In review the, only one I would not repeat is Brandywine. I am delighted with the success I have had this year with my tomatoes.  I failed to have very many cucumbers; as with last year they developed downy mildew early on. I never use sprays or insecticide in my garden but next year I will need to watch for this and probably will spray with a fungicide if it happens again.

"Summer Scallop trio" a Pattypan mix, "Raven" a zucchini, "Ronde de Nice" a round zucchini and "Supersett" yellow crookneck squash were all great producers as usual. I purchased the seeds from Renee's Garden Seeds 

In the next few weeks I will be working on adding a couple more raised beds for my fall/winter garden; that will give me 5 in all. We are expecting some more hot weather so I will plant towards the end of the month.

In review: I need more land!


  1. What a wonderful review - some of these tomato types I have heard of but others are new to me. I love growing different varieties of all shapes and sizes; tomatoes are a favourite in our summer garden. We need more land too, our vegetable garden is so small and we plant in every wee bit of space we can.

  2. Wow , so impressive ! You are an inspiration, really cool how you logged all the info in for us. Your tomatoes are beautiful, I LOVE tomatoes, take care, Gina

  3. I love tomatoes! Wonderful pics too. We are still getting a great harvest here in OR. My latest post was Fresh Tomato Sauce - be sure to check it out. Fabulous for your bumper crop and won't cover up the fresh flavor of your fabulous fruit.

  4. Goodness Carla, last harvest already? I think our last was in October last year, right before that big early Pacific storm. I must admit though, our plants don't look as happy this year with our psychotic weather, so our last may not be too far away this season. I agree with you wholeheartedly on Brandywine. We've tried growing it, more than once, inland, and coastal, and the fruits are always pathetically small for a large heirloom, and the plants not particularly robust or prolific. As an alternative, for a pinkish-red beefsteak type tomato, we tried Argentina this year, and absolutely LOVE IT! Beautiful when cut, hefty 1lb+ fruits, prolific, and ripened earlier than most of our other beefsteaks this year. It's put up with our erratic weather, with no cracking, and is still setting fruit! TomatoFest.com carries seed for it.

  5. Lindsey, I am on my way to your blog now.

    Clare, I will put Argentina on my must try list for next year.

    Marilyn, Antique Art, Lindsey and Clare thank you all for stopping in and leaving comments on my blog. I always visit the blogs that visit mine. I have many I love, but those that take the time to come by are always so sweet to do so, once again my many thanks.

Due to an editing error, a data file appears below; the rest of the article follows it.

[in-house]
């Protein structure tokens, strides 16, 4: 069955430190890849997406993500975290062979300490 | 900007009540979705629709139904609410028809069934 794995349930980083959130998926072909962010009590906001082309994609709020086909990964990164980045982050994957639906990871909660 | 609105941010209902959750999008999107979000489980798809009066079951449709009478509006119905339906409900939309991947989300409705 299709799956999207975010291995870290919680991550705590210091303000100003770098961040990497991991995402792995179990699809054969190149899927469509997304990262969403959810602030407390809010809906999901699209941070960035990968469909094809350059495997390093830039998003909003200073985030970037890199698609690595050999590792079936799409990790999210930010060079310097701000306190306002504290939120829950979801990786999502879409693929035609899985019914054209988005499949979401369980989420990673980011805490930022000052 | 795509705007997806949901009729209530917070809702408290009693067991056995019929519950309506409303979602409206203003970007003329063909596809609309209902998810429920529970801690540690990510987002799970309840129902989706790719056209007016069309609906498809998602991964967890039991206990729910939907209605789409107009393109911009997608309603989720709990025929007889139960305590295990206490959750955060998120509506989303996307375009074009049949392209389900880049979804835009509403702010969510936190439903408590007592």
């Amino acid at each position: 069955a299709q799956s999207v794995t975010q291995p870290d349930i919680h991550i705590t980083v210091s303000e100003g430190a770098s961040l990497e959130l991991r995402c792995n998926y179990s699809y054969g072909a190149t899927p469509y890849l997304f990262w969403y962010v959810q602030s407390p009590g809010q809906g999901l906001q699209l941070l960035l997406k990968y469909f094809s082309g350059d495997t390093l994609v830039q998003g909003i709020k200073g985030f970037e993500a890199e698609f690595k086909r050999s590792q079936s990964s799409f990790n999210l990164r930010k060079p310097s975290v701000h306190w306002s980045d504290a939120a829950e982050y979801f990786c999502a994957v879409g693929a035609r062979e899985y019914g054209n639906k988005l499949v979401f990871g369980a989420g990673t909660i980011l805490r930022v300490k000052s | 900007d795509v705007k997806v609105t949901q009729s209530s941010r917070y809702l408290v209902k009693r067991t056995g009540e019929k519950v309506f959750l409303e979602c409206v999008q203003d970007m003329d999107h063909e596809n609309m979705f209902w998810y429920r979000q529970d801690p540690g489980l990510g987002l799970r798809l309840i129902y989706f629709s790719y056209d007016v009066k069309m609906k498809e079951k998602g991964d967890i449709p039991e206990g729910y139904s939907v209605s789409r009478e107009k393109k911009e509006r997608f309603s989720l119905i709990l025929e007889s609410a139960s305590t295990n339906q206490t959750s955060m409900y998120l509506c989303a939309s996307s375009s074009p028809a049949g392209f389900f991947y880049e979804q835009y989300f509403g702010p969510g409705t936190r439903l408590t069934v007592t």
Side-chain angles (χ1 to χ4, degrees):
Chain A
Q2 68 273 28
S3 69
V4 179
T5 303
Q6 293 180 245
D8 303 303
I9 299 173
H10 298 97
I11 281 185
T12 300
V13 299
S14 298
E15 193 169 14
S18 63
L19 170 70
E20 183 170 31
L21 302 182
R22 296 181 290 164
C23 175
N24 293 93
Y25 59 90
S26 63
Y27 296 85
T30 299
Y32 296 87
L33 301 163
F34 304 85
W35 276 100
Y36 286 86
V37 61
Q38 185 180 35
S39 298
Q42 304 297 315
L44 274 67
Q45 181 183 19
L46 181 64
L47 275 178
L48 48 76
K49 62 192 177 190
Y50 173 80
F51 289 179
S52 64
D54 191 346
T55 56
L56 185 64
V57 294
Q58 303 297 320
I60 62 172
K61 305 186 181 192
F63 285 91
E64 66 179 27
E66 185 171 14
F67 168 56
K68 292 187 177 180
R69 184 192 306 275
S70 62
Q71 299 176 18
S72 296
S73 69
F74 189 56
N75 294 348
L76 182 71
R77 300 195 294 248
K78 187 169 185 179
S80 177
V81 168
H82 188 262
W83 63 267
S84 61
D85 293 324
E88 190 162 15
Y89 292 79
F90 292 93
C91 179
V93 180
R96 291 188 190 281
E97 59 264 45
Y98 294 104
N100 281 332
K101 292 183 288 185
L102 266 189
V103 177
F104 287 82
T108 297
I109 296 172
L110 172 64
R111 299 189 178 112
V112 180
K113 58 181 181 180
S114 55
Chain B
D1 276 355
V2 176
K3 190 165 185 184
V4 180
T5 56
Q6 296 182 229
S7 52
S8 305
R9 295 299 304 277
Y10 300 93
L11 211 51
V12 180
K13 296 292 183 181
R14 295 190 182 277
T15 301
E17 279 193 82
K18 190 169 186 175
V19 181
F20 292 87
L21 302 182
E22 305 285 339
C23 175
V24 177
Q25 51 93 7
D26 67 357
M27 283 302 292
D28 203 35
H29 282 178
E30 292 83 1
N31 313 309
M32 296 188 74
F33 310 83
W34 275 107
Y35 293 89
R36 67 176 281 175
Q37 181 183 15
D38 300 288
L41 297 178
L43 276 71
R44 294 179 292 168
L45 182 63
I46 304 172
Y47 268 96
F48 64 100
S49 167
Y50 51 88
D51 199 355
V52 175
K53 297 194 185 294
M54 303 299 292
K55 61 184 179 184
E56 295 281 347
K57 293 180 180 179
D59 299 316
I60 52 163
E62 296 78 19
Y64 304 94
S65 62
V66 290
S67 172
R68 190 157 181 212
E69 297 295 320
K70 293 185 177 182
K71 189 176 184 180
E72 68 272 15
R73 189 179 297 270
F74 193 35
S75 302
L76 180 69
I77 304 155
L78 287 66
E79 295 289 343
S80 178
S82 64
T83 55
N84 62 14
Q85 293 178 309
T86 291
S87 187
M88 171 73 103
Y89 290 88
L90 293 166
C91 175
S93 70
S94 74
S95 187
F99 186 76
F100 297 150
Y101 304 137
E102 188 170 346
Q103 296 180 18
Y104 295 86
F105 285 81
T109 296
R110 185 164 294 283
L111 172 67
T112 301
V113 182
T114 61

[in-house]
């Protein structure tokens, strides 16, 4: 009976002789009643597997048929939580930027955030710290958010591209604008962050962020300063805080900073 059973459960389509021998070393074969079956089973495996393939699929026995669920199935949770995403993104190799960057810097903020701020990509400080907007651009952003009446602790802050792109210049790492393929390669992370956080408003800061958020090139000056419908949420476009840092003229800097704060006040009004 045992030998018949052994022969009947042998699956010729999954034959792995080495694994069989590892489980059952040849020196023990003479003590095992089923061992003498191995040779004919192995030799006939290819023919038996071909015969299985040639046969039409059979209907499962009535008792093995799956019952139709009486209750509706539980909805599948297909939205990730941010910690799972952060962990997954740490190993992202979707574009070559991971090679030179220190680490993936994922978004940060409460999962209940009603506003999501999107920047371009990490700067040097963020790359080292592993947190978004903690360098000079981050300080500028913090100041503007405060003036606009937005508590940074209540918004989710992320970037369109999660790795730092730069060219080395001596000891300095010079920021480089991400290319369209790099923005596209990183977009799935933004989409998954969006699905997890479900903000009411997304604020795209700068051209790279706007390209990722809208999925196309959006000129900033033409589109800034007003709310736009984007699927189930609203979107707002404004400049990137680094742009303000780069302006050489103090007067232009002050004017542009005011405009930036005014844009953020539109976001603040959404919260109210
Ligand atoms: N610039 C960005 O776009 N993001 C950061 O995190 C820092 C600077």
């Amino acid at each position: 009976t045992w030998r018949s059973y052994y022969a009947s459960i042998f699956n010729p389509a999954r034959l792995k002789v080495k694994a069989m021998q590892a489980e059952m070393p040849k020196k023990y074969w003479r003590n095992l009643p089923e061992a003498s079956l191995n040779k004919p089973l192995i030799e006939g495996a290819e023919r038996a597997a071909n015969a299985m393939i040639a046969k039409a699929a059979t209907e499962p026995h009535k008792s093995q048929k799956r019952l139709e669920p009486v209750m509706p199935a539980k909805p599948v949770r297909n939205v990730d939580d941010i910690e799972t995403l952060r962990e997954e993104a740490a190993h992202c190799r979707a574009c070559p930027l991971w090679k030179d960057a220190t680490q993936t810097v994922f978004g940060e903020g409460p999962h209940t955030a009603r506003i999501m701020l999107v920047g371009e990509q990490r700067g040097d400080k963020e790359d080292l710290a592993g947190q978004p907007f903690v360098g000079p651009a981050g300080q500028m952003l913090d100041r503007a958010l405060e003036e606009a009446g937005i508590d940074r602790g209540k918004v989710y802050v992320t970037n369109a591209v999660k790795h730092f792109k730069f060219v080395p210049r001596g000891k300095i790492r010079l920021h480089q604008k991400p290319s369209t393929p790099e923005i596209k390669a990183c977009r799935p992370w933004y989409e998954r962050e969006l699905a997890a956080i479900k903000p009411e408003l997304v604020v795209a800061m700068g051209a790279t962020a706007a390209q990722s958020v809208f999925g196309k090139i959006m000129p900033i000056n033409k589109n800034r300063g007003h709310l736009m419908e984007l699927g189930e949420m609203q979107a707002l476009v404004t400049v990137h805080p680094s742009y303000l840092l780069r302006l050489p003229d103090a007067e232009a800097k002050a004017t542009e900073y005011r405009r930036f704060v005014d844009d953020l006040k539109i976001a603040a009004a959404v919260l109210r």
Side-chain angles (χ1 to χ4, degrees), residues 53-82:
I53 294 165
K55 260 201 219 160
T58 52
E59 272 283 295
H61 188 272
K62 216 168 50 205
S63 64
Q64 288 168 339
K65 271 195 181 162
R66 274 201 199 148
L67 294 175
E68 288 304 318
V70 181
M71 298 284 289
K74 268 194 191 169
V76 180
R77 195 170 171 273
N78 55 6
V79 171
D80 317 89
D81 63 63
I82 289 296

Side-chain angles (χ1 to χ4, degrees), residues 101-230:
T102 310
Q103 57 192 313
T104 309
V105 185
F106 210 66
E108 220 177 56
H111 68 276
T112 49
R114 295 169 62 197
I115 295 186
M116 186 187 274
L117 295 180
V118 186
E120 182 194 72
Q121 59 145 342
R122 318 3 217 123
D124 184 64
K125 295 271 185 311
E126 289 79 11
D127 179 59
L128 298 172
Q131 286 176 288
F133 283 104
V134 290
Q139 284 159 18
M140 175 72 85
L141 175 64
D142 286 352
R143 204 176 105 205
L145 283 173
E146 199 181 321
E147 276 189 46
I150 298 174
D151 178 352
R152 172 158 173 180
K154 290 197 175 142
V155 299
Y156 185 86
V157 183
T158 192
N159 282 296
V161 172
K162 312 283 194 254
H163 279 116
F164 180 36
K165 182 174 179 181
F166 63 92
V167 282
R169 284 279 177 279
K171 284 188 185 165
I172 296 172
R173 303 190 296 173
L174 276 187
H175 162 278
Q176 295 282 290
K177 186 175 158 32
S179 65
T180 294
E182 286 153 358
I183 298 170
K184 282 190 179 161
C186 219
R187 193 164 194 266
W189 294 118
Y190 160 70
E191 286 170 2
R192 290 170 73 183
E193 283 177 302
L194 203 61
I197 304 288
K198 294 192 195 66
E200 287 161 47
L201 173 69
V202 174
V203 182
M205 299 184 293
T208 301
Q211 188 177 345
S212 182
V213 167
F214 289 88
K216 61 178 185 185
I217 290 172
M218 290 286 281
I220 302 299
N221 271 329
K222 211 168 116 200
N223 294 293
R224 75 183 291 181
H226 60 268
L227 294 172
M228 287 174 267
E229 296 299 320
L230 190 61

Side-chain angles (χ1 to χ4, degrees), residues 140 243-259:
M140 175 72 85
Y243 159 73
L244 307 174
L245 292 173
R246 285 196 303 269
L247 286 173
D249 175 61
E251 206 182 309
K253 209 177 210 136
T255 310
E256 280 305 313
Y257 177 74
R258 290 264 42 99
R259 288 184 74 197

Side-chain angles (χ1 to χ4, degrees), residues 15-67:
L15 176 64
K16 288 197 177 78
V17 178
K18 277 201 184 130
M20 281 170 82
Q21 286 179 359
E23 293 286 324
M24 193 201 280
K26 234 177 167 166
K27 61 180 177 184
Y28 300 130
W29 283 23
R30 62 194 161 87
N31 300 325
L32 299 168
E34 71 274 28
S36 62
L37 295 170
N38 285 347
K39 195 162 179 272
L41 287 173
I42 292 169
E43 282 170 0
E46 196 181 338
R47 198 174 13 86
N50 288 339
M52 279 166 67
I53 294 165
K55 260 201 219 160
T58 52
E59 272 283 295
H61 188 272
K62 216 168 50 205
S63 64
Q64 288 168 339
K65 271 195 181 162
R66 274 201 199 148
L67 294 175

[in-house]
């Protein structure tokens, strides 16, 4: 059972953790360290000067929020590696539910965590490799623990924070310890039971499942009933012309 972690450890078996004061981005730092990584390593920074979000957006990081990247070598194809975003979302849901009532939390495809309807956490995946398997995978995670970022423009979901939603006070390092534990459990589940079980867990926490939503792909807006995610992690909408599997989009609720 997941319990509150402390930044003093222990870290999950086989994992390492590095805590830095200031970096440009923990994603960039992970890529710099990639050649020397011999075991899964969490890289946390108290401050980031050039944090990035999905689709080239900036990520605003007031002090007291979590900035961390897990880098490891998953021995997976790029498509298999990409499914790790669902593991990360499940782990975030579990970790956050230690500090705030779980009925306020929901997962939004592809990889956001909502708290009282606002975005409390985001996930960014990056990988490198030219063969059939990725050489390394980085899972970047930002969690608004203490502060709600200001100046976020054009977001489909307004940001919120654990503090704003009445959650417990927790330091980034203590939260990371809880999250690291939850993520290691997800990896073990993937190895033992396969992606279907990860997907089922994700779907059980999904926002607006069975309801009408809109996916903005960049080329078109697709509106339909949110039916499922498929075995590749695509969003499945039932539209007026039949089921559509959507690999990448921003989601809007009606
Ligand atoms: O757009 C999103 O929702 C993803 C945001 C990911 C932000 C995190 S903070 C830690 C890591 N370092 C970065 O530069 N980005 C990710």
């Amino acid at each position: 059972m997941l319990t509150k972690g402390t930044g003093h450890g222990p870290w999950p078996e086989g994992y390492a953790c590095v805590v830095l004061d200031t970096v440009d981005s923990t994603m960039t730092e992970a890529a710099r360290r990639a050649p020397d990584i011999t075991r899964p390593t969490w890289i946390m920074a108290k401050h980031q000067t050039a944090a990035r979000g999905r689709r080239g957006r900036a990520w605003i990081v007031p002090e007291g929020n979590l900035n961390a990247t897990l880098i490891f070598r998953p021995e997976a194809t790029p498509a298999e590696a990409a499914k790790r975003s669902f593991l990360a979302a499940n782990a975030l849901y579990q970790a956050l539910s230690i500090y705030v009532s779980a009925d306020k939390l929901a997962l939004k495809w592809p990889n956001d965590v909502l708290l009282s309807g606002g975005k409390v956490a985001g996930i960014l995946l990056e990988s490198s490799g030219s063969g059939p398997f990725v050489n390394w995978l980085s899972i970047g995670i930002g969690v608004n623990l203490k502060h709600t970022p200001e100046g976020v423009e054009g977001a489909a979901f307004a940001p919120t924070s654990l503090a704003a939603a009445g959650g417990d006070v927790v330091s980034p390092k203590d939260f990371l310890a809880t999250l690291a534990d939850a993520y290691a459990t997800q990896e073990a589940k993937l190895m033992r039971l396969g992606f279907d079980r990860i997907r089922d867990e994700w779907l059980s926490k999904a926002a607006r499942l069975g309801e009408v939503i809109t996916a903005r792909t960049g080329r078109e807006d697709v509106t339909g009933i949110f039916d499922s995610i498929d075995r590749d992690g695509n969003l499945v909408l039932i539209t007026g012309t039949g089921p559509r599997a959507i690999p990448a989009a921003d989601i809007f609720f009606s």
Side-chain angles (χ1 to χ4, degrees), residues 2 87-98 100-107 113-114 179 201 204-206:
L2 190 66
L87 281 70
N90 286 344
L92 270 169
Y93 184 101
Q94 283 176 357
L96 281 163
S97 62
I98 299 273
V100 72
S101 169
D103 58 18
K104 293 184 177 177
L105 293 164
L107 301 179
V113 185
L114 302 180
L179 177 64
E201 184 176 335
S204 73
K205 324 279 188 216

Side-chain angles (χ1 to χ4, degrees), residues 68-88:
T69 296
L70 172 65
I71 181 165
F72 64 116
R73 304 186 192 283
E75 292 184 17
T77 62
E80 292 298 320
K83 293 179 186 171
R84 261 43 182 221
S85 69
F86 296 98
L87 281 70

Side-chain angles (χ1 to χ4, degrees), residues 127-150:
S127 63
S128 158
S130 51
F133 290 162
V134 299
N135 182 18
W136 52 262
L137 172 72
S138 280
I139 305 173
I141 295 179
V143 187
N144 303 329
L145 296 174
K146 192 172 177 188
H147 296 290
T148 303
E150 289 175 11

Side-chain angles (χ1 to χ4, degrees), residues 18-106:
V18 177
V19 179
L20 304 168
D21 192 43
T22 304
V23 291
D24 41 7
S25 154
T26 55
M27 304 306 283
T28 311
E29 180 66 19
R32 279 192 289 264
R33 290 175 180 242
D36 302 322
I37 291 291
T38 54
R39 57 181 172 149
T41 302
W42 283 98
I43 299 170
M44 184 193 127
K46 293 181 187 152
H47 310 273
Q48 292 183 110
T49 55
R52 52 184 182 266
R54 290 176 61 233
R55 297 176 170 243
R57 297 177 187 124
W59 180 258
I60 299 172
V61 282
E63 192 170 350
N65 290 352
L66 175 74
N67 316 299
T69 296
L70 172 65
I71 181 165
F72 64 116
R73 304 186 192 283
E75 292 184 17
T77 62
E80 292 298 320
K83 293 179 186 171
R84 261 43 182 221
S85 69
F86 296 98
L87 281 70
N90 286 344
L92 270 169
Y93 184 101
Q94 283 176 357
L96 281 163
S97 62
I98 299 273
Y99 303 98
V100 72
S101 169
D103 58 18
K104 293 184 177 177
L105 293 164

6. Deara Carla what a comprehensive review of tomatoes. Now mine have been a flop. Last year a black one called Black Krim was so tasty - this year it tastes of fish! Perhaps much too much rain. Are yours grown indoors or out?

  7. Catharine, yes, all grown outdoors. If you would like to check out my pictures of my tomato plants you can find them here and here

  8. Wow I'm amazed with your harvest! I wish I had space to plant this much Tomatoes! You seem to have tons of room LOL! Beautiful Tomatoes and harvest. Have a wonderful weekend!

  9. Your tomatoes look really bountiful and beautiful. I have just harvested my cherry tomatoes. It's only a very small fraction of your harvest.

  10. Hi Priscilla, I really don't use that much space for the tomatoes; just two raised beds. I plant them closer than most people do. Next year I am adding one to two more raised beds as I will need to rotate tomato planting; three years maximum in the same bed. Thanks for visiting! Have a great holiday!

    One, Thank you so mcuh for stopping by. Hope you have a wonderful holiday weekend!

  11. Hi Carla - I also had the same experience with the Brandywine - we have 6 raised beds which must handle other things too so tomato space is limited. No sense in taking up valuable area with a less than desirable plant.
    Your review is excellent and so informative...thank you so much for sharing.
    Pat on the road in Valdez, Alaska - the cabbage and broccoli plants are ginormous around here!


Thank you for taking time to visit my blog, I love hearing from you, stay as long as you like, Carla